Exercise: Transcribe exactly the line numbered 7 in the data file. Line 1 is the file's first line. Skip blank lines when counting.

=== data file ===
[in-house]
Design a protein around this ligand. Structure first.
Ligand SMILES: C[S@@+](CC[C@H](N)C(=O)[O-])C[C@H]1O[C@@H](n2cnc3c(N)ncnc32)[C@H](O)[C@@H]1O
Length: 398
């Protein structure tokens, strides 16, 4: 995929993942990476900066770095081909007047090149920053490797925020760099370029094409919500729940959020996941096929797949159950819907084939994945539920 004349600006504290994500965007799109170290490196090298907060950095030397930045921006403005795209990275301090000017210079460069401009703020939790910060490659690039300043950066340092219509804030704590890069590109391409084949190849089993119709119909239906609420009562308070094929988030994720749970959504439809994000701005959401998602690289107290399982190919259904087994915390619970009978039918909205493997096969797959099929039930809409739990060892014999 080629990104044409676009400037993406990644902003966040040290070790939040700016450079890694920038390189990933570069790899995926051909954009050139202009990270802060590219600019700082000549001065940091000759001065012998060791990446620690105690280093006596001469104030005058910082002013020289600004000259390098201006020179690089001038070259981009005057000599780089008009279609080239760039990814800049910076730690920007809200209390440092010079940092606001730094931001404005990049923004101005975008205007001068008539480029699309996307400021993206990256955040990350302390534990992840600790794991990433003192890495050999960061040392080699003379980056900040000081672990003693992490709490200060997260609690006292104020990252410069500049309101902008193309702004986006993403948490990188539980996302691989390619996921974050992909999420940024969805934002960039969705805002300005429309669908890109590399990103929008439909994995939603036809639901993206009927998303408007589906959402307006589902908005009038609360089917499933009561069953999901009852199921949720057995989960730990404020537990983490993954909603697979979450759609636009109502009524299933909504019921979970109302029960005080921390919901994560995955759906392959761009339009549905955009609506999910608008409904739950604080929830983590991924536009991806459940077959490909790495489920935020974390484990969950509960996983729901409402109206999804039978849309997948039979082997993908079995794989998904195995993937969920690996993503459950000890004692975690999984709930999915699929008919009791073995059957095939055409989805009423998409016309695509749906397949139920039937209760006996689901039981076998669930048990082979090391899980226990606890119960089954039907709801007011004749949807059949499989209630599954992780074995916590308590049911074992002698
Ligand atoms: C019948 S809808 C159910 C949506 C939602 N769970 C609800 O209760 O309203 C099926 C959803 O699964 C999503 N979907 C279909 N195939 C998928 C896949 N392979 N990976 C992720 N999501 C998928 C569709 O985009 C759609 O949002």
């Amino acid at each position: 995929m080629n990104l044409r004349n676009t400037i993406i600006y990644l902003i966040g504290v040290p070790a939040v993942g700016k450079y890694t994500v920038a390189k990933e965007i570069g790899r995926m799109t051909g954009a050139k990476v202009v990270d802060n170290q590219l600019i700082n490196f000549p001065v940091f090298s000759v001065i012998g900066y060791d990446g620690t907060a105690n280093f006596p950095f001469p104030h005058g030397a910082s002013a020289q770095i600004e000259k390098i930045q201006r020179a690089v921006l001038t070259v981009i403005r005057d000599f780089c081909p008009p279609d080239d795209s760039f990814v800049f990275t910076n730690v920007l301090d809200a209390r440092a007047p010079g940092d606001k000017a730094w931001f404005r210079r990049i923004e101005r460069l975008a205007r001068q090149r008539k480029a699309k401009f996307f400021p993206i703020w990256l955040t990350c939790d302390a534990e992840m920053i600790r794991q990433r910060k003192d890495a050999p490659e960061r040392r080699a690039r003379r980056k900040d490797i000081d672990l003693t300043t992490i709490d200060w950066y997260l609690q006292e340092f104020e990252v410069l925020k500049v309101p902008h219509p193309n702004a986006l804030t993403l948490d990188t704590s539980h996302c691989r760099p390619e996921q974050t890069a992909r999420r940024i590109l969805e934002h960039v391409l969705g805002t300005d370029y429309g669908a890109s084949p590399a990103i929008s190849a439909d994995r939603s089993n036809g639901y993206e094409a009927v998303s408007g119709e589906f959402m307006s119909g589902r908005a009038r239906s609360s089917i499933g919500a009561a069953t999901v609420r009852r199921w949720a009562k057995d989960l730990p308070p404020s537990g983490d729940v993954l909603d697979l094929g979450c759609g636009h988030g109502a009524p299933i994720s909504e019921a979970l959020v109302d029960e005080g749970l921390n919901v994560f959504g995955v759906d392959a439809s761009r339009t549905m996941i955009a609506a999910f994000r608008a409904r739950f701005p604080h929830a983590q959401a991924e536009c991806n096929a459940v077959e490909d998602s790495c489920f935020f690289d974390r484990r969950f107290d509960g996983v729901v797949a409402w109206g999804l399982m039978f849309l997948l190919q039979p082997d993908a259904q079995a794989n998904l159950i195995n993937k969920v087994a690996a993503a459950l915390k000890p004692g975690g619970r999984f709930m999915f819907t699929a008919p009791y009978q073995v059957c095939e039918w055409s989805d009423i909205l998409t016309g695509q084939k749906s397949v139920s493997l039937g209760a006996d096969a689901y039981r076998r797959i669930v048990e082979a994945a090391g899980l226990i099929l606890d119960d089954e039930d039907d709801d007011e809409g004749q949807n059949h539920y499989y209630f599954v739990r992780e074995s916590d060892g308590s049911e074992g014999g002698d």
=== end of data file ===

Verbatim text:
């Amino acid at each position: 995929m080629n990104l044409r004349n676009t400037i993406i600006y990644l902003i966040g504290v040290p070790a939040v993942g700016k450079y890694t994500v920038a390189k990933e965007i570069g790899r995926m799109t051909g954009a050139k990476v202009v990270d802060n170290q590219l600019i700082n490196f000549p001065v940091f090298s000759v001065i012998g900066y060791d990446g620690t907060a105690n280093f006596p950095f001469p104030h005058g030397a910082s002013a020289q770095i600004e000259k390098i930045q201006r020179a690089v921006l001038t070259v981009i403005r005057d000599f780089c081909p008009p279609d080239d795209s760039f990814v800049f990275t910076n730690v920007l301090d809200a209390r440092a007047p010079g940092d606001k000017a730094w931001f404005r210079r990049i923004e101005r460069l975008a205007r001068q090149r008539k480029a699309k401009f996307f400021p993206i703020w990256l955040t990350c939790d302390a534990e992840m920053i600790r794991q990433r910060k003192d890495a050999p490659e960061r040392r080699a690039r003379r980056k900040d490797i000081d672990l003693t300043t992490i709490d200060w950066y997260l609690q006292e340092f104020e990252v410069l925020k500049v309101p902008h219509p193309n702004a986006l804030t993403l948490d990188t704590s539980h996302c691989r760099p390619e996921q974050t890069a992909r999420r940024i590109l969805e934002h960039v391409l969705g805002t300005d370029y429309g669908a890109s084949p590399a990103i929008s190849a439909d994995r939603s089993n036809g639901y993206e094409a009927v998303s408007g119709e589906f959402m307006s119909g589902r908005a009038r239906s609360s089917i499933g919500a009561a069953t999901v609420r009852r199921w949720a009562k057995d989960l730990p308070p404020s537990g983490d729940v993954l909603d697979l094929g979450c759609g636009h988030g109502a009524p299933i994720s909504e019921a979970l959020v109302d029960e005080g749970l921390n919901v994560f959504g995955v759906d392959a439809s761009r339009t549905m996941i955009a609506a999910f994000r608008a409904r739950f701005p604080h929830a983590q959401a991924e536009c991806n096929a459940v077959e490909d998602s790495c489920f935020f690289d974390r484990r969950f107290d509960g996983v729901v797949a409402w109206g999804l399982m039978f849309l997948l190919q039979p082997d993908a259904q079995a794989n998904l159950i195995n993937k969920v087994a690996a993503a459950l915390k000890p004692g975690g619970r999984f709930m999915f819907t699929a008919p009791y009978q073995v059957c095939e039918w055409s989805d009423i909205l998409t016309g695509q084939k749906s397949v139920s493997l039937g209760a006996d096969a689901y039981r076998r797959i669930v048990e082979a994945a090391g899980l226990i099929l606890d119960d089954e039930d039907d709801d007011e809409g004749q949807n059949h539920y499989y209630f599954v739990r992780e074995s916590d060892g308590s049911e074992g014999g002698d």